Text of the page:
Tuesday, November 3, 2009

Boycott Christma$$$

As the year barrels to a close and the second decade of the twenty-first century rears its ugly head above the horizon, everyone should become dimly aware of the approaching holidays. Thanksgiving is a little more than three weeks away, and Christmas a bit more than seven weeks off. So, we should be hearing more about Thanksgiving, right? Not so fast, because I just saw my first television commercial for the Christmas holiday, and I haven't heard squat about Thanksgiving.

Walgreen's and Costco have had some of their Christmas merchandise out on display for weeks now, and I can't tell you how jolting and disorienting it is to see fully decorated Christmas trees right after coming in from near 100-degree temps outside. But I voluntarily walked into both of those fine establishments and I can walk back out again if I want to. When advertisers start showing their Christmas commercials on television, that is more of an invasion of privacy. By bringing their sales harangues uninvited into my living room and dumping them in my lap, they are showing an aggressiveness and pushiness that does not go unchallenged.

And I really wouldn't care if they started in with the Yuletide commercials right after Thanksgiving, the usual start of the holiday shopping madness, because that's when I really curtail my television viewing. I seriously get aggravated when I see the same damned annoying commercial 50 times in the space of a half-hour. And Christmas music can be very nice when it's not used as background music for hordes of greed-crazed children going into grand-mal seizures if they don't get whatever overpriced piece-of-crap gift the advertisers tell them they have to have this year, or their Christmas will be a complete failure.

There are plenty of things about Christmas that I like, such as the cooler weather, the house decorations (although that can get really out of control), going to Christmas parties with friends, and the aforementioned Christmas music. XM Radio in particular has a wonderful audio channel called "Classical Christmas" that they broadcast only during the holidays, and it showcases incredible holiday music that you rarely hear anywhere. There are some really enjoyable holiday movies on TV, and one of my favorites is "White Christmas" starring Bing Crosby and Danny Kaye (more about it in a future blog). I love the Mormon Tabernacle Choir Christmas concert, strange as that may sound. And there's just something so damned reassuring and comforting about "A Charlie Brown Christmas." It's like a big warm blanket made up of your childhood memories that just wraps around you and makes you feel like a kid again. That kind of stuff is priceless.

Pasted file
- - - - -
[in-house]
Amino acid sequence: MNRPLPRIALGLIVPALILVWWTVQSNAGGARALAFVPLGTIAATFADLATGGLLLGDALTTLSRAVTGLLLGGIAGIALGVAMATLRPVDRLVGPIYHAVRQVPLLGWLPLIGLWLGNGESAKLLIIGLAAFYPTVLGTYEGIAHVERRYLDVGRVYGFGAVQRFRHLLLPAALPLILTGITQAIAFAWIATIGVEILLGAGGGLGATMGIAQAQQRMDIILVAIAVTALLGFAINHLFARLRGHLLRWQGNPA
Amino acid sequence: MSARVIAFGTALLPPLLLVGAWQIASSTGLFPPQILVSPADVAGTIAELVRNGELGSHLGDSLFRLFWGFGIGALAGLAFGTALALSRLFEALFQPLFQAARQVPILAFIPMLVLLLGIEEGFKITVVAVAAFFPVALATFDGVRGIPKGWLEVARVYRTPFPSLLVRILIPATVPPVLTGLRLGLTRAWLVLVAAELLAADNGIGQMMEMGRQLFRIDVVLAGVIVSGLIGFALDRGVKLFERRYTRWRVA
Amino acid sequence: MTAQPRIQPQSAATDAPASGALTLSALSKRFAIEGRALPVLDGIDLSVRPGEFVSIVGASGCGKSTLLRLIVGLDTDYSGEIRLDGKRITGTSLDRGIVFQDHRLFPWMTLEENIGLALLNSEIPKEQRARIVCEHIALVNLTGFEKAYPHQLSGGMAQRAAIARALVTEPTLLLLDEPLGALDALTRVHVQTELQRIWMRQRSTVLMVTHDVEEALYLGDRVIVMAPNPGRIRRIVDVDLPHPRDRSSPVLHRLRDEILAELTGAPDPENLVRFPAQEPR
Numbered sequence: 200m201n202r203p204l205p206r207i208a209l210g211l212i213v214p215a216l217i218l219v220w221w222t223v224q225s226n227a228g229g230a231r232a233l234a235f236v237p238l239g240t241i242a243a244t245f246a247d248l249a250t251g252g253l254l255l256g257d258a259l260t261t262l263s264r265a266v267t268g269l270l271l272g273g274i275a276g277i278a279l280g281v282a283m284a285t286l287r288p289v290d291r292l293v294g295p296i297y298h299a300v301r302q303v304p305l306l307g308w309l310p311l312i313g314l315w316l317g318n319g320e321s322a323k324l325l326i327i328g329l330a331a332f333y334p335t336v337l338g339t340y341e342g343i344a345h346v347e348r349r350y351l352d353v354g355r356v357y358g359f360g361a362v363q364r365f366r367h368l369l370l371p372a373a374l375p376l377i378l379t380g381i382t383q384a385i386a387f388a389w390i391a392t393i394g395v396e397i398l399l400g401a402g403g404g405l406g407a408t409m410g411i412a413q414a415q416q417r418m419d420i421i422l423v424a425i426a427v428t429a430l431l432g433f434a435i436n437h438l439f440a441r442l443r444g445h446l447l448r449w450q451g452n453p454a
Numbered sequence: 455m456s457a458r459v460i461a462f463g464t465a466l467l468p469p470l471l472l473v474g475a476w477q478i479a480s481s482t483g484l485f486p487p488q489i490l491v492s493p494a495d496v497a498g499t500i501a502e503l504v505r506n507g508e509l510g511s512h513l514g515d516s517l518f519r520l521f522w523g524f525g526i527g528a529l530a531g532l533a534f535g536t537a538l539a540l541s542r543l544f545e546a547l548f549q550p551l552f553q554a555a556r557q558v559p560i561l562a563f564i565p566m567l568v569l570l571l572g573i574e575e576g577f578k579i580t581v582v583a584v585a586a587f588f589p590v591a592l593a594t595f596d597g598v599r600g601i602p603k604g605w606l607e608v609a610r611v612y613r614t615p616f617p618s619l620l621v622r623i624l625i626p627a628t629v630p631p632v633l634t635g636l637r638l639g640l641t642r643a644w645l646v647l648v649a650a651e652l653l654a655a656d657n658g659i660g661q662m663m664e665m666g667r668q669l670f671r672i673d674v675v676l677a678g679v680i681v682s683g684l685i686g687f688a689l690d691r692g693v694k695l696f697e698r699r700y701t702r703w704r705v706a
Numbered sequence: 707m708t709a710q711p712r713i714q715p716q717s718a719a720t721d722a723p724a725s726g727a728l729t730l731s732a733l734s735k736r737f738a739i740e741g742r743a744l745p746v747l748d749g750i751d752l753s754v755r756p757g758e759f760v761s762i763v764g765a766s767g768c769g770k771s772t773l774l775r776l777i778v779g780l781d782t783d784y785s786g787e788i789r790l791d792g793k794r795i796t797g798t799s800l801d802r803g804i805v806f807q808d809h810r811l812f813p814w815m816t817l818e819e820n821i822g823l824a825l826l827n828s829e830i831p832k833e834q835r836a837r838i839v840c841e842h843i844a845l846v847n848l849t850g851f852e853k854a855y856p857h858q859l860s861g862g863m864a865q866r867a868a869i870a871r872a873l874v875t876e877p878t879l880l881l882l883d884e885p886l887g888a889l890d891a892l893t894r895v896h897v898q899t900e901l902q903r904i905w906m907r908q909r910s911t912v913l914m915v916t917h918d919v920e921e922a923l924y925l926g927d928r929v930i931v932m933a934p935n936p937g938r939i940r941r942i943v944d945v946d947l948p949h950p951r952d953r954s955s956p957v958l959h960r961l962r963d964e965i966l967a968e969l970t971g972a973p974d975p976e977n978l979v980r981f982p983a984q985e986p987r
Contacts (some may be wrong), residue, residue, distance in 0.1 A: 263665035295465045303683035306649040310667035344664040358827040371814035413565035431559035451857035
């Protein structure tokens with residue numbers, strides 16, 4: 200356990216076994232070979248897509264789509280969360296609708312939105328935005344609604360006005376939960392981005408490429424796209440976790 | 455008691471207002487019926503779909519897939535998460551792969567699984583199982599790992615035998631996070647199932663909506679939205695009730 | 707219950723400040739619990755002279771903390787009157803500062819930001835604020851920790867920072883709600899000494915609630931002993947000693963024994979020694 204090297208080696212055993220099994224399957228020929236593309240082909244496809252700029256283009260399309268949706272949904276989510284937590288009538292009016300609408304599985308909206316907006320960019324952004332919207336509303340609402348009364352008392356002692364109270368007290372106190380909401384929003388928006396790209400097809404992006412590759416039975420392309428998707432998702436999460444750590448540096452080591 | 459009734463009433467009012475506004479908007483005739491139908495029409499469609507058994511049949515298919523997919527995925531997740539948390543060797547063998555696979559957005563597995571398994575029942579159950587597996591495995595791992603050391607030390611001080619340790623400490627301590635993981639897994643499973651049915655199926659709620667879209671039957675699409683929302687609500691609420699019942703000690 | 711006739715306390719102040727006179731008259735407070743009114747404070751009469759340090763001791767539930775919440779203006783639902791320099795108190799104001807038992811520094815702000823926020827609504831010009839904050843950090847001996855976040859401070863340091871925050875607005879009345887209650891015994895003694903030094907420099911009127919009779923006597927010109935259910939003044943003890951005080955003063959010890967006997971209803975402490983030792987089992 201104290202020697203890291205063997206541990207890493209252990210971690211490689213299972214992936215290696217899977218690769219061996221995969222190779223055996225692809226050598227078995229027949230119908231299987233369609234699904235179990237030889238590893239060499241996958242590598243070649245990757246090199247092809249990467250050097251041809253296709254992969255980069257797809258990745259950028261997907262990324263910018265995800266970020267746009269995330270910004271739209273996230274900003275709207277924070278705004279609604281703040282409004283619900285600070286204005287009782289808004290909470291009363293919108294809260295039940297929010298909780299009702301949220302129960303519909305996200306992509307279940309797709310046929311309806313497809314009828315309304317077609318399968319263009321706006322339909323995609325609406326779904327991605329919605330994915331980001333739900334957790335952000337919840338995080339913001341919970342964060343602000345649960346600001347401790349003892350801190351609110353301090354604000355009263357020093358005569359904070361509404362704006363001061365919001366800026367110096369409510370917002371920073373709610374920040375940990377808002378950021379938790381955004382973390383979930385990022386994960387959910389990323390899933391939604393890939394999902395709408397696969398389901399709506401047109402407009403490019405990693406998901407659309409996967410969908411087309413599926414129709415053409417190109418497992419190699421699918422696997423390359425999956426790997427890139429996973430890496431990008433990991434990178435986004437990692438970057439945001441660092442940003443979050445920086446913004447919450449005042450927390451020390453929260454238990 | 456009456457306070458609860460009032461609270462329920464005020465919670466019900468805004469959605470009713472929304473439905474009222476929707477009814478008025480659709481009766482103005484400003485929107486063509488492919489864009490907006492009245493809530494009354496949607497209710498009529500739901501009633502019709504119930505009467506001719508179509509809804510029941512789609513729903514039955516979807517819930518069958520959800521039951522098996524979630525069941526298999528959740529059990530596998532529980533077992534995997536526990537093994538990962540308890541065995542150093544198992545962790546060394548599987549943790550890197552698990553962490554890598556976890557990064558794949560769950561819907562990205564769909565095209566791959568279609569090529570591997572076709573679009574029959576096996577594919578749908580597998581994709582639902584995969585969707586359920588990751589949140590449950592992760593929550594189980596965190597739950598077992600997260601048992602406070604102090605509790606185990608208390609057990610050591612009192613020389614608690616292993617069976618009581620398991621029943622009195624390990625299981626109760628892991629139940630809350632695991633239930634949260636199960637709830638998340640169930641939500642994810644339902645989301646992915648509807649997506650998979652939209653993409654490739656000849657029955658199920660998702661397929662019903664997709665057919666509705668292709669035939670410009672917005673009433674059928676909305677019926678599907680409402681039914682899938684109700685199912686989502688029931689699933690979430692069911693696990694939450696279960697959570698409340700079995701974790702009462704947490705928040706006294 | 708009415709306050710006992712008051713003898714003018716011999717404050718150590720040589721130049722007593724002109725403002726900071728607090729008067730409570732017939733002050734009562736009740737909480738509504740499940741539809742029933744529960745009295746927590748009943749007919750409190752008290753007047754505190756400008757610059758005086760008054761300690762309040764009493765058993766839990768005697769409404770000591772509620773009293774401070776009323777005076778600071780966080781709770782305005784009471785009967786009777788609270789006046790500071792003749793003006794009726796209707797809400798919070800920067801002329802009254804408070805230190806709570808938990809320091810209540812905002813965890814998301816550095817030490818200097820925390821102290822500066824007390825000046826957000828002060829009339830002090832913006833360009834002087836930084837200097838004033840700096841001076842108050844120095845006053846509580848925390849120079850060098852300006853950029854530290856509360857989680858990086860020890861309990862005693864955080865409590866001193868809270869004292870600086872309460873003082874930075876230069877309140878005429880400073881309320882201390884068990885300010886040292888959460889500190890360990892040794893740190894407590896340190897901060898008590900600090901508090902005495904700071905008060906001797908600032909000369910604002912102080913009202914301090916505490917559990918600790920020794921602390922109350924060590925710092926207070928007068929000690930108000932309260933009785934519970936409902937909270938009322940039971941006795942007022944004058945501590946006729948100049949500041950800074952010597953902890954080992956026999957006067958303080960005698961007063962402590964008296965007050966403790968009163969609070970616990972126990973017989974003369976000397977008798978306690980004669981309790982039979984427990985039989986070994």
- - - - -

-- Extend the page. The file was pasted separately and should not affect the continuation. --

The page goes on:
I've started my own Christmas traditions, and one of them is to boycott the store who shows the first Christmas commercial on TV. Last year that honor went to Wal-Mart, and this year it goes to Kohl's department stores. So, suck it Kohl's, Merry Damned Christmas to you. Because of your greediness and self-serving rush to shove your name into everyone's face so early on in the season, you won't be seeing me or my money in any of your stores. It's called voting with your wallet, and my wallet does not vote for Kohl's.

Obviously the kind of money-grubbing Christmas season the advertisers are trying to force us into experiencing comes from a place of greed and avarice. We're going to hear so much of the upcoming shopping season being a barometer of the success or failure of all the economic stimulus efforts that have been and are being done. And it's really a shame to cast Christmas in that light, because it just turns the holidays into more of a mad, delirious shopping spree/death march than usual, leaving everyone tired, demoralized and deeper in debt. But it doesn't have to be that way.

The choice really comes down to whether you will sit back and passively accept the edicts and demands of the business world when it comes to celebrating Christmas the way they want you to, or actively reject the stifling consumerism that chokes all the joy out of the season. I choose the latter, and this year as last year I'm backing away from the shopping and spending and gift-giving hysteria that used to make me fear this time of year. It's really simple and easy - all the power is in your hands. I'm going to start by telling my friends to please not buy me anything. I love my friends and appreciate their generosity, but I am very fortunate to have more "stuff" than I need. I would really love it if they kept their money and either spent it on themselves or their pets, or donate it to a charity of their choice, and Brambley Hedge Rabbit Rescue is always my first choice when it comes to worthy charities. For me, what I want the most is to spend time with my friends, enjoy their company and their good humor with a wonderful meal or a bottle of wine, and just get back to the way Christmas should be celebrated - as a time for gathering-together in friendship and holiday spirit.

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